Lower urinary tract symptoms (LUTS) secondary to benign prostatic hyperplasia are a bothersome symptom set that affect approximately one in every four males above the age of 50. First line treatment is typically medication, but when medications fail surgical therapy is the next option. Technological advances have made surgical therapy safer and more effective. One area that our group has particular interest and focus in is the application of the 532 nm laser in surgical therapy. The high power 532 nm laser is used to remove obstructive prostatic tissue and the laser energy is selectively absorbed by hemoglobin in the prostate tissue, resulting in effective tissue vaporization and removal. We review our experience with Greenlight laser system and its evolution from the original 60-watt laser to the most recent 180-watt Greenlight system with MoXy fiber.

1. Introduction

Our group’s focus has been on men’s health, specifically benign prostatic diseases. We continually look for novel treatments and approaches to dealing with lower urinary tract symptoms (LUTS) secondary to benign prostatic hyperplasia (BPH). Initial therapy typically involves medical therapy with alpha blockers, 5 alpha reductase inhibitors, and overactive bladder medications. For many patients, however, these do not provide adequate symptom relief, and surgical intervention is necessary to debulk the prostate to relieve bladder outlet obstruction secondary to a progressive growing prostate responsible for the obstruction and consequent symptoms. The classic, traditional, and minimally invasive procedures involve a prostatectomy that removes/resects the prostate with a wire loop to open the prostatic urethra for better flow. This is commonly known as transurethral resection of the prostate or TURP. This procedure had well known side effects and adverse events including fluid absorption, electrolyte imbalance, intraoperative and postoperative bleeding, and inadequate resection. This prompted the development of novel tools to remove tissue with fewer risks and the development of the original 532 nm laser. Based on a potassium-titanyl-phosphate (KTP) crystal, it provides the technology to attain this improved method of prostatectomy, achieving the desired results with fewer risks. Over the last decade, our group has been involved in its development to improve this technology and we have sought to characterize its safety, efficacy, and durability with our clinical experience of this technology.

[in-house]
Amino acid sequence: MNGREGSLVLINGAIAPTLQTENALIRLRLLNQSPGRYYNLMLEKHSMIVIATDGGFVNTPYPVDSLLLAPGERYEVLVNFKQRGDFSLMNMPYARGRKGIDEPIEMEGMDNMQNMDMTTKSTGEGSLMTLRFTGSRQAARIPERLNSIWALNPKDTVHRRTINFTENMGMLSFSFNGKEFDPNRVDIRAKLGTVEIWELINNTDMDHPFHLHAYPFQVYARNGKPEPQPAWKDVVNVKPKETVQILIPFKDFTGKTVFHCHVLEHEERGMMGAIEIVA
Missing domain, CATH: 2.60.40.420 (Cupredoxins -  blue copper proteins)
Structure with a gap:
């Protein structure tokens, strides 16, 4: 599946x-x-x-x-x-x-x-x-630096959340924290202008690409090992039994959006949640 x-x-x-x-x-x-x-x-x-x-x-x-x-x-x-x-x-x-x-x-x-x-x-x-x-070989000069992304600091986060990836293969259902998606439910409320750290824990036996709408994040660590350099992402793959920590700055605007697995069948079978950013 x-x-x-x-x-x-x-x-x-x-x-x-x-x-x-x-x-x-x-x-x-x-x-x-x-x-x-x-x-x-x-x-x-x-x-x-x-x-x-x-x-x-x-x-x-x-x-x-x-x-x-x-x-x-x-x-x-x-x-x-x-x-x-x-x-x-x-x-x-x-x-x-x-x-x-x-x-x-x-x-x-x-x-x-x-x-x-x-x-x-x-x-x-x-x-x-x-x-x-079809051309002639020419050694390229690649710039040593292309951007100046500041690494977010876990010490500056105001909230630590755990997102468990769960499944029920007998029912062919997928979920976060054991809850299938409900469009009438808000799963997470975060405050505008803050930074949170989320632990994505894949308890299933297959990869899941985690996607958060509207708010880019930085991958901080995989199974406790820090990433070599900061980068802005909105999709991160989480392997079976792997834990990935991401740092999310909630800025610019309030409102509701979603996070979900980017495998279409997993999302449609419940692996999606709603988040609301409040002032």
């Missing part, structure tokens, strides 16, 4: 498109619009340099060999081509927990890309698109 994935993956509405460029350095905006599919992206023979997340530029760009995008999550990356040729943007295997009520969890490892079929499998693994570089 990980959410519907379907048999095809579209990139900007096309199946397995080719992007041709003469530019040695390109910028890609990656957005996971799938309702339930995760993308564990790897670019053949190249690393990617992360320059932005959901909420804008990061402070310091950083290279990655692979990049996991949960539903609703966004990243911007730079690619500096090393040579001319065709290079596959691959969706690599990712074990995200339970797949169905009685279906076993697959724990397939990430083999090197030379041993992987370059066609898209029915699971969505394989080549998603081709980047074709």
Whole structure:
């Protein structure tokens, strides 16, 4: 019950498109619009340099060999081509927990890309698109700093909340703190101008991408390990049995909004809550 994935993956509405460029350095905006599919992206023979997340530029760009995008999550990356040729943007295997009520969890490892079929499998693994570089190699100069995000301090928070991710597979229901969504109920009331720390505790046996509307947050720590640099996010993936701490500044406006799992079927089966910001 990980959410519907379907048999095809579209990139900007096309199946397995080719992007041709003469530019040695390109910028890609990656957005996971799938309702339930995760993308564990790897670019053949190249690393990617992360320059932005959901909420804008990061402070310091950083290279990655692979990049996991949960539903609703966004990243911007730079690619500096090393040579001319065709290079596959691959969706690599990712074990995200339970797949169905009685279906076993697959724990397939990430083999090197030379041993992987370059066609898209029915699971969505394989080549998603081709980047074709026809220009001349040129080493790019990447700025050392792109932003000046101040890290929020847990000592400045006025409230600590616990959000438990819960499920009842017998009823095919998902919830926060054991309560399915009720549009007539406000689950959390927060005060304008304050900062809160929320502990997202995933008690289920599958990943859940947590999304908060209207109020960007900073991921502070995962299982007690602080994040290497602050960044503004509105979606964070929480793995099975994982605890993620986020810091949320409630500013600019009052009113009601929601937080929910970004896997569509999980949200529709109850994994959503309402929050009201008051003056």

The 532 nm wavelength is preferentially absorbed by hemoglobin which acts as an intracellular chromophore or heat sink for laser energy within blood cells [1]. This photoselective laser energy is also transmitted through aqueous irrigants such as sterile water or saline without losing energy, making it an ideal laser light for a transurethral procedure that requires aqueous irrigation for visualization. In addition, this laser has a short optical penetration which restricts its high power vaporization energy to a superficial layer of tissue. This leads to efficient vaporization and hemostasis with a millimeter or two of coagulated tissue.

2. In Vitro Studies

With the advent of the 532 nm laser, our first concern was its safety profile and specifically the laser’s ability to penetrate into tissue. We investigated the use of the 120 W laser in 5 male beagles [2]. Under general anesthesia, all dogs underwent laparotomy and laser prostatectomy. The animals were postoperatively sacrificed and their prostates were removed, bisected, measured, and fixed in formalin. Following that, the prostates were serially sectioned at 2 mm intervals, totally embedded and whole mounted. Sections, which were stained with hematoxylin and eosin, were examined by a single pathologist in blinded fashion to determine depth of coagulation and vaporization for each lesion. The 120 W setting provided optimum efficiency in comparison to lower watt settings, vaporizing more tissue per unit time while maintaining a depth of coagulation between 1.2–2.5 mm. What was clear from the procedure was that the lower power laser was adequate for vaporization and that higher power to 120 increased vaporization efficiency to produce deeper laser energy effects. By being cognizant of the vaporization effects, effective and safe debulking could be controlled by varying power and distance from the target tissue lesion.

3. Human Studies

3.1. Safety